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Library on wheels

By JAZMINE BUNCH

RCNH News Intern

MURFREESBORO – As Coronavirus caused an economic slow down nationally, local businesses like the Cultivator Bookstore in Murfreesboro found itself closing its doors this spring.

But that closure didn’t last long as bookstore founder Caroline Stephenson decided to take the Cultivator mobile, creating The Cultivator Bookmobile.

The bookstore closed to the public due to COVID-19 in April, but according to Stephenson, they could’ve used a little more community support to help them sustain their business prior to the pandemic.

“We do a lot with a very little,” she said. “And we do a lot for a little because it’s the right thing to do.”

The Cultivator was a recognized 501C-3 Nonprofit, operating solely on book donations, community sponsorships and unpaid volunteers. As the only bookstore in an hour’s drive in all directions, Stephenson said the overall goal is to get books in the hands of children, and to increase overall book access and literacy in Northeastern North Carolina.

Staying true to the mission during the challenging times of COVID-19, she recognized the need for book access was greater now more than ever.

With the new social distancing guidelines and restricted summer plans, the Cultivator Bookmobile was the perfect, socially-distance solution for young readers looking for an adventure.

“Even though you’re stuck in your house, a book can take you anywhere,” Stephenson said.

Although it was difficult for her to see the Cultivator Bookstore close after nearly four years of operation, the transition to a children’s “library on wheels” proved to be a timely venture.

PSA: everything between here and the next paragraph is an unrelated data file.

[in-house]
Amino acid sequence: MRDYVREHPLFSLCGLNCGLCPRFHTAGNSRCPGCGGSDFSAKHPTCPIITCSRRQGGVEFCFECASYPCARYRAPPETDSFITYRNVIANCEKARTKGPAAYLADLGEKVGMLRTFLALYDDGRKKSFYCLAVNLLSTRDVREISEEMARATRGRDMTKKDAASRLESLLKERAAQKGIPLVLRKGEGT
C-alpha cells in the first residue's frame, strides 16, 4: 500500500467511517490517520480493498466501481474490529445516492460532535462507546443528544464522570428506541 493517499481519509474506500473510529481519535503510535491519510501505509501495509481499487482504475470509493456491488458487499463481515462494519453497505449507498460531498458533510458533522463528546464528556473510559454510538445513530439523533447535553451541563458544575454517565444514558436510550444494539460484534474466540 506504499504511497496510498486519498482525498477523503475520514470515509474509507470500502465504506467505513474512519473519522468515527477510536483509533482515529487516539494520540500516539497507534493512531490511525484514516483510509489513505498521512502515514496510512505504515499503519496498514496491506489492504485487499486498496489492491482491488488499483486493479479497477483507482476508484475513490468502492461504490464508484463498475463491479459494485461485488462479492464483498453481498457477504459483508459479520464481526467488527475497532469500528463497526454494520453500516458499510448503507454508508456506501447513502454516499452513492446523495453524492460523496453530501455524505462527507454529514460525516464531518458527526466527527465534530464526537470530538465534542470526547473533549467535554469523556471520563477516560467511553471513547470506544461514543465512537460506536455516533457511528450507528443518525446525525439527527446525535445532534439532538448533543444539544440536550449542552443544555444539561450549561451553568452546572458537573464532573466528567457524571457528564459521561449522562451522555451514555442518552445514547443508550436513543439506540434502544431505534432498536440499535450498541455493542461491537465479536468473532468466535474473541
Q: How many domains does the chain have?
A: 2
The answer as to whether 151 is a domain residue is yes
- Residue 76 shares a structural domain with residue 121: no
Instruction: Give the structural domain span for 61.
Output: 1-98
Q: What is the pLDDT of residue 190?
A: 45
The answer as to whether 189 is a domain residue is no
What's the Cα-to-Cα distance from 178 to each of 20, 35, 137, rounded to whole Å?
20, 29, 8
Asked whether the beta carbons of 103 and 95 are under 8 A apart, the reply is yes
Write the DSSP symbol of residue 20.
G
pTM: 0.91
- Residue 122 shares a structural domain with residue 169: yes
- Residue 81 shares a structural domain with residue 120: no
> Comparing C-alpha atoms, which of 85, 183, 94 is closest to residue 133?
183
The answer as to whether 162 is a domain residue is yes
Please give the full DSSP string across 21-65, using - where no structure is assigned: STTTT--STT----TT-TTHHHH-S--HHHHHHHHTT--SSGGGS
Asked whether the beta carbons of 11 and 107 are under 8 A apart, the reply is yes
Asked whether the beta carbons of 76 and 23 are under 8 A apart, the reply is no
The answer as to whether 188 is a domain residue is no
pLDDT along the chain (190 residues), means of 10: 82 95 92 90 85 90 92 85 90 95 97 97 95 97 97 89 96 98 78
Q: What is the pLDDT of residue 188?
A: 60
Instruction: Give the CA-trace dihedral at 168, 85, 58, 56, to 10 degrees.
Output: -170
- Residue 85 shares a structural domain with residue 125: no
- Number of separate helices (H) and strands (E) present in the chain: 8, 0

“I think the Bookmobile at this moment in time is better because a lot of people are still in their homes, and they aren’t going out as much as they would,” she said. “So, we’re coming to them, and that’s a really good thing.”

Each week, Stephenson packs her gray minivan with tables, chairs, boxes of books and fresh produce from local produce partners and heads to the Bookmobile’s sponsored stop of the week.

All volunteers are equipped with masks and gloves for distribution, and those coming to pick up produce or books are also required to wear masks.

The Bookmobile provided free books and local produce to residents and nonresidents on Friday of last week, an event sponsored by the Murfreesboro Housing Authority, in partnership with the Brown Family Farm of Murfreesboro.

“This educational experience for the children gives them something to do during the summer,” said Sandra Williams.

Williams is a property manager in Murfreesboro, Gaston, Garysburg, Woodland, Seaboard and Winton. She said she looks forward to partnering with Stephenson to host future Bookmobile stops at her other properties.

Sponsorships for the Bookmobile are $100 and can be made by anyone. Sponsors choose the location for the mobile library to set up.

In addition to the Bookmobile, Stephenson manages five “little free libraries” around the Roanoke Chowan area. These are green, recycled newspaper stands that are located at Riverside Park and Food Lion in Murfreesboro; Salamis on Highway 35 in Potecasi; the Gallery Theatre in Ahoskie; and the Dollar General in Winton.

“We’re still trying to meet the need of the community,” Stephenson said, “Our message to kids in Northeastern North Carolina is that we care, we’re supporting your literacy, and promoting reading… If you have a literate community, you have a better community.”

The next scheduled stop for the Cultivator Bookmobile is on Thursday, July 2 at Learning Unlimited in Ahoskie. They will be in Winton at the Farmer’s Market on Friday, July 3.

Upcoming host locations are posted to their Instagram and Facebook pages under the name Cultivator Bookmobile.

The nonprofit is always accepting sponsors, donations and volunteers. If you are interested in being a donor or volunteer, you can contact Stephenson by phone at 252-395-2327 or email cultivatornc@gmail.com.